Elon Musk is a man who likes to think big. Not only has he done the impossible twice already (launch a private space company and create a successful electric car business), he also wants to stop millions of people dying every year in road traffic accidents.

Musk has been pushing hard for more autonomous tech in the car industry. The Model S began implementing highway cruising technology nearly four years ago, and since then the autonomous systems on Tesla’s cars have been regularly updated. But he’s received some significant pushback from the industry after claiming that he’ll have a level 5 autonomous vehicle on the roads by 2018. Ostensibly, his competitors are arguing that this will put passengers and risk and that it’s better to wait until the 2020s for the technology to mature. But the real reason probably has more to do with the fact that they know that Musk is lightyears ahead of them and will probably grab even more market share going forward.

Now Morgan Stanley has come out with a report which suggests that the upcoming “mainstream” car from Tesla will be more than ten times safer than cars already out there on the road. Ten times sounds like a lot, but it’s also a number we’ve come to expect from a man like Musk who only seems capable of thinking in exponential terms.

The man behind the report, Adam Jones, hinted that he expected that the Model 3 would include both “hardware and software” updates to make good on its safety claims. But it’s unlikely that the “hardware” component will be providing the lion’s share of the improvement. The “ten times” claim also sound suspiciously similar to estimates from Tesla and the rest of the industry that autonomous tech will make cars 90 percent safer. And given that Musk has hinted that full autonomy will be arriving in 2018, the same year as the Model 3, we can only assume that the new mainstream car will drive itself.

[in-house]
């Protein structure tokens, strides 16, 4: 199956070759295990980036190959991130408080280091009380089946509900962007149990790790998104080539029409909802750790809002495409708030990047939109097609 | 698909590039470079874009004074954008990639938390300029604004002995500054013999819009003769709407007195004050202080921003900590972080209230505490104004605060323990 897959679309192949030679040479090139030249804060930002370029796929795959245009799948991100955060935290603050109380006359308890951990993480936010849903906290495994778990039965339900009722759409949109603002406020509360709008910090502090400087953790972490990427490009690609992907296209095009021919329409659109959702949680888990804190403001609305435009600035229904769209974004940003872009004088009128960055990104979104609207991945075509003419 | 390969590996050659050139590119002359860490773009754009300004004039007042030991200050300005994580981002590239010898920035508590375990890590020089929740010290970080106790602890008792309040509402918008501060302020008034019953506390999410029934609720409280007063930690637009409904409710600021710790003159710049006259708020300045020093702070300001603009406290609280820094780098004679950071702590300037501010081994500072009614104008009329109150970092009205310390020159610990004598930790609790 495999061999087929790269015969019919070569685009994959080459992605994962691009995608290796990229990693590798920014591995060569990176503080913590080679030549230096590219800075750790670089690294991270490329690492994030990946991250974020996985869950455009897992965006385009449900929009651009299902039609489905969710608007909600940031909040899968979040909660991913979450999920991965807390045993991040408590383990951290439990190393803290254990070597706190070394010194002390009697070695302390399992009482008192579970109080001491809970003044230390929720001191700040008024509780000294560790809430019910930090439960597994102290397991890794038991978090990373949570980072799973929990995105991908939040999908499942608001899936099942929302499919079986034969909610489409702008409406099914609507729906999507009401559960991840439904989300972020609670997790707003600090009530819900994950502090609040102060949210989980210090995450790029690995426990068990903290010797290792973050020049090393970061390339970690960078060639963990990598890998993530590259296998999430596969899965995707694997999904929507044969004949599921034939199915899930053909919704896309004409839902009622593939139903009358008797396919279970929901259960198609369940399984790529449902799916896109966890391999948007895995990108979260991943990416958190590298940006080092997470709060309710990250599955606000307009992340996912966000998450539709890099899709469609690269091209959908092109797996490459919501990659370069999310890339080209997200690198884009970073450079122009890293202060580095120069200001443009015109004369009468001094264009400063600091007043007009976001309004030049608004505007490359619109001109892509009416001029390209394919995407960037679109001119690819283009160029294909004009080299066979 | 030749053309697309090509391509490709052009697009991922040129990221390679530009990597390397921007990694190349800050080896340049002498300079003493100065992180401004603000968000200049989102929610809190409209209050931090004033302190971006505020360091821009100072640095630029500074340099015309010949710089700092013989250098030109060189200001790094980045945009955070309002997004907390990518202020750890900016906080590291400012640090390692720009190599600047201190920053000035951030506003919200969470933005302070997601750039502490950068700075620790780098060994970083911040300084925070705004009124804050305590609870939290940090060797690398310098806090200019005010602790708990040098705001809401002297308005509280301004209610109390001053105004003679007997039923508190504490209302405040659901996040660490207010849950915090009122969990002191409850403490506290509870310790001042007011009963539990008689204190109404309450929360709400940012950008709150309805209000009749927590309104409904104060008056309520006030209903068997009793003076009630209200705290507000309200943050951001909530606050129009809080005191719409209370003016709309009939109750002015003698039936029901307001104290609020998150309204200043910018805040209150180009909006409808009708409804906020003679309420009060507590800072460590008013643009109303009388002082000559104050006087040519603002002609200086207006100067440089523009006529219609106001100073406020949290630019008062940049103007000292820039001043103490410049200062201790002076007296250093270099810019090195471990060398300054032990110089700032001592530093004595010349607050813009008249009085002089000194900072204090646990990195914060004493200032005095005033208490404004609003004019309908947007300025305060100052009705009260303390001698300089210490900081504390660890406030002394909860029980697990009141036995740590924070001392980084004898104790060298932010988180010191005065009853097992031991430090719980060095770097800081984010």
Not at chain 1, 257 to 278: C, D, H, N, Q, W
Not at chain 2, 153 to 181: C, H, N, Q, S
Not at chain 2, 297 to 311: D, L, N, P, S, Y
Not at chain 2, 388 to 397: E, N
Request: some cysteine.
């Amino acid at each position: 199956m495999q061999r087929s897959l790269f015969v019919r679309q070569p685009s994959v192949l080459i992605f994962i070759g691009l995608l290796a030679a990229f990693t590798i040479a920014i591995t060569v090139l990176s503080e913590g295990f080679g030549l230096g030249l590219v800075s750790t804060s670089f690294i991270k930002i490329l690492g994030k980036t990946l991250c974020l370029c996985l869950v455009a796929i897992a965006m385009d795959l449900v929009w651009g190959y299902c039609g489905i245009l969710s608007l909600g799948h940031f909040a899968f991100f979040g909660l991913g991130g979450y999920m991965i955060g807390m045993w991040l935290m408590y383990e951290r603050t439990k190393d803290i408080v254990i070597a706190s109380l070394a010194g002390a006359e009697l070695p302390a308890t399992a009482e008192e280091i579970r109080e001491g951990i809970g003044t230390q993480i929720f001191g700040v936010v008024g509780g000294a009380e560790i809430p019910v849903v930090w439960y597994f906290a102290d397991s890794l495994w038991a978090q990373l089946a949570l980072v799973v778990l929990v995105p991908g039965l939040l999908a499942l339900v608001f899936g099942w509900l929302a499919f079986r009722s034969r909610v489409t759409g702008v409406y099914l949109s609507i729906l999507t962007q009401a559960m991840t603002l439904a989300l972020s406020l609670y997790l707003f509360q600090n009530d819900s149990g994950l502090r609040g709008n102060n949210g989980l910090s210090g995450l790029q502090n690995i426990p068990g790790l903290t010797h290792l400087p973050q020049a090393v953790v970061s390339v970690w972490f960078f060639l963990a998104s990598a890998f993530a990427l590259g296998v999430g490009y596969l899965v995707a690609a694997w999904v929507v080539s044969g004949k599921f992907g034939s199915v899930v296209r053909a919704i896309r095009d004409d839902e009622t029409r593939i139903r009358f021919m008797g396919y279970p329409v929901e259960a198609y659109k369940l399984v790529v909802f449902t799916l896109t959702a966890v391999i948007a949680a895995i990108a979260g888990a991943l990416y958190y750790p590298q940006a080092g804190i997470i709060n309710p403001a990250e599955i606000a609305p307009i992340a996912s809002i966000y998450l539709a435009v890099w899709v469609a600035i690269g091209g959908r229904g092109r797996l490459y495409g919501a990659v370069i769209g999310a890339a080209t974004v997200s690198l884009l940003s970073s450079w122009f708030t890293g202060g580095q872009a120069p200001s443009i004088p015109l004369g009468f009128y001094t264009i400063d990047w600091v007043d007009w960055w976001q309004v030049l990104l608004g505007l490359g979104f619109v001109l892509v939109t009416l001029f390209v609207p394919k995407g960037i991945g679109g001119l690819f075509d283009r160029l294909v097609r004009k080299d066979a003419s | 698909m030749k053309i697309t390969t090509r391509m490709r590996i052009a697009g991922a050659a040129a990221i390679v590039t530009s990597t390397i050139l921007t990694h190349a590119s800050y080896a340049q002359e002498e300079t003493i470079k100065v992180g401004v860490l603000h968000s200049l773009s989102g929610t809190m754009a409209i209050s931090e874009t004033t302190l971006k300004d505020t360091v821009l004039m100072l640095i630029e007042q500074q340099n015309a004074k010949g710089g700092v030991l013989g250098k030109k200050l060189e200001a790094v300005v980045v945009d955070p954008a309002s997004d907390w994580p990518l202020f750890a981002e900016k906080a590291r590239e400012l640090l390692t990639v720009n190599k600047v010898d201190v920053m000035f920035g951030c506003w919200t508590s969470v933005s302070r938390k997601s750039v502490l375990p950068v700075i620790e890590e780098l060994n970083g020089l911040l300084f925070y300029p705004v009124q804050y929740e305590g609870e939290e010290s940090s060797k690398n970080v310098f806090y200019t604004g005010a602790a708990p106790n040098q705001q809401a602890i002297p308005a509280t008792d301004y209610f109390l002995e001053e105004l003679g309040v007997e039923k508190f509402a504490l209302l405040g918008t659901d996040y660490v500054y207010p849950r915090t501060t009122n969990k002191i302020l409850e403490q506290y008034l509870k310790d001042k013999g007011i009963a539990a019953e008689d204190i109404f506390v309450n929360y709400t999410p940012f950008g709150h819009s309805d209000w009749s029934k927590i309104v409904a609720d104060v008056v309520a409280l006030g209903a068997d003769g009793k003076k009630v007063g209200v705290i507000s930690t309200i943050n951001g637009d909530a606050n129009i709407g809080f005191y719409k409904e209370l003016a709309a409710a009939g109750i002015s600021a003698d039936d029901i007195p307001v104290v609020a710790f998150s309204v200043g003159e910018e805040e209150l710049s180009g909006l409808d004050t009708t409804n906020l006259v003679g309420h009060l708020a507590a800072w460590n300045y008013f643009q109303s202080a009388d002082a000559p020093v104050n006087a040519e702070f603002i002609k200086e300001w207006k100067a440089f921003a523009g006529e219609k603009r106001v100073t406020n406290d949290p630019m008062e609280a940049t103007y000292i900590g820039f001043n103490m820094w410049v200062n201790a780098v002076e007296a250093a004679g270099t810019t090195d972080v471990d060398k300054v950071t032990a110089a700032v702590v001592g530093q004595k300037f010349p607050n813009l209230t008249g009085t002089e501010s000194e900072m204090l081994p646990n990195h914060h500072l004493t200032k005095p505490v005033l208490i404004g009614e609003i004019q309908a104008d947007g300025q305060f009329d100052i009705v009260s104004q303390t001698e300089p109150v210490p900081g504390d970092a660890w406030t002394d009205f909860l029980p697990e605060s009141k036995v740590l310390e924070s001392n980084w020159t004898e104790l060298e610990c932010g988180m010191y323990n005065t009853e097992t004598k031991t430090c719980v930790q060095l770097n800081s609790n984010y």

That wouldn’t be a bad thing. At the moment, there are dozens of firms who serve clients who have been seriously injured in auto accidents. It’s a big business – and a necessary one, since so many people get hurt. But Musk is on the warpath, not only to deliver the world from fossil fuels but to also make accidents a thing of the past. People shouldn’t have to risk death every time they want to travel from A to B.

Is the estimated improvement in safety valid? Well, given the data that has already been generated by Tesla’s existing Autopilot technology, the answer seems to be a resounding “yes.” Musk says that the chances of having an accident with the Autopilot system turned on are fifty percent lower than with it turned off. Even with the first version, he says, people were much safer allowing a machine to drive them down the highway. He says that airbags deployed 50 percent less often per mile driven by machine compared to human, which is why he’s so convinced that autonomous vehicles will deliver next-gen improvements in safety.

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Emily Muelford

Emily is a British writer whose love of car culture is augmented by a fascination with both the European and American automotive markets. Her perspective is uniquely fish and chips.

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